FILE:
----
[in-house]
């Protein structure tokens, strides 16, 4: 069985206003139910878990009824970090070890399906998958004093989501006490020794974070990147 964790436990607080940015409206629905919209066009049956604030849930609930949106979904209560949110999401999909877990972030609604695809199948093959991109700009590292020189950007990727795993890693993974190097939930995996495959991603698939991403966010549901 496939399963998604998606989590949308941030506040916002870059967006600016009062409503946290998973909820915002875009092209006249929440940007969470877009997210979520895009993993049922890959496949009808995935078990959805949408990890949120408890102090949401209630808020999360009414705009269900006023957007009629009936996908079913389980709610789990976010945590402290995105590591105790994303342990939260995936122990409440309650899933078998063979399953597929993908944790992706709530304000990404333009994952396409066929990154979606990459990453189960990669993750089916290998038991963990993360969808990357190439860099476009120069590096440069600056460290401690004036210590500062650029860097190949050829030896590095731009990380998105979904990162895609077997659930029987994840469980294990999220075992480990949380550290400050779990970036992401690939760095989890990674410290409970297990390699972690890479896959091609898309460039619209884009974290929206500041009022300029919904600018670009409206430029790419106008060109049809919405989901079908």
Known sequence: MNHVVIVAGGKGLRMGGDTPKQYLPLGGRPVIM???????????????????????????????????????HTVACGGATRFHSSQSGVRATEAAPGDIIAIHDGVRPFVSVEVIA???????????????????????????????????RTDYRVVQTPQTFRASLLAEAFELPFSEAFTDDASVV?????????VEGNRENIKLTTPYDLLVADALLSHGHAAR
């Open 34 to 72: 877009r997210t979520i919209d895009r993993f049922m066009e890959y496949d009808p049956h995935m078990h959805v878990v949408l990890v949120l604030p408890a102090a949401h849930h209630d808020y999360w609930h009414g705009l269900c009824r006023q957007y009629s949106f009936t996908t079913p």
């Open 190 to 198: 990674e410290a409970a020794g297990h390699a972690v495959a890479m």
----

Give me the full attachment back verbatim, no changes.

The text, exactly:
[in-house]
């Protein structure tokens, strides 16, 4: 069985206003139910878990009824970090070890399906998958004093989501006490020794974070990147 964790436990607080940015409206629905919209066009049956604030849930609930949106979904209560949110999401999909877990972030609604695809199948093959991109700009590292020189950007990727795993890693993974190097939930995996495959991603698939991403966010549901 496939399963998604998606989590949308941030506040916002870059967006600016009062409503946290998973909820915002875009092209006249929440940007969470877009997210979520895009993993049922890959496949009808995935078990959805949408990890949120408890102090949401209630808020999360009414705009269900006023957007009629009936996908079913389980709610789990976010945590402290995105590591105790994303342990939260995936122990409440309650899933078998063979399953597929993908944790992706709530304000990404333009994952396409066929990154979606990459990453189960990669993750089916290998038991963990993360969808990357190439860099476009120069590096440069600056460290401690004036210590500062650029860097190949050829030896590095731009990380998105979904990162895609077997659930029987994840469980294990999220075992480990949380550290400050779990970036992401690939760095989890990674410290409970297990390699972690890479896959091609898309460039619209884009974290929206500041009022300029919904600018670009409206430029790419106008060109049809919405989901079908």
Known sequence: MNHVVIVAGGKGLRMGGDTPKQYLPLGGRPVIM???????????????????????????????????????HTVACGGATRFHSSQSGVRATEAAPGDIIAIHDGVRPFVSVEVIA???????????????????????????????????RTDYRVVQTPQTFRASLLAEAFELPFSEAFTDDASVV?????????VEGNRENIKLTTPYDLLVADALLSHGHAAR
């Open 34 to 72: 877009r997210t979520i919209d895009r993993f049922m066009e890959y496949d009808p049956h995935m078990h959805v878990v949408l990890v949120l604030p408890a102090a949401h849930h209630d808020y999360w609930h009414g705009l269900c009824r006023q957007y009629s949106f009936t996908t079913p």
């Open 190 to 198: 990674e410290a409970a020794g297990h390699a972690v495959a890479m």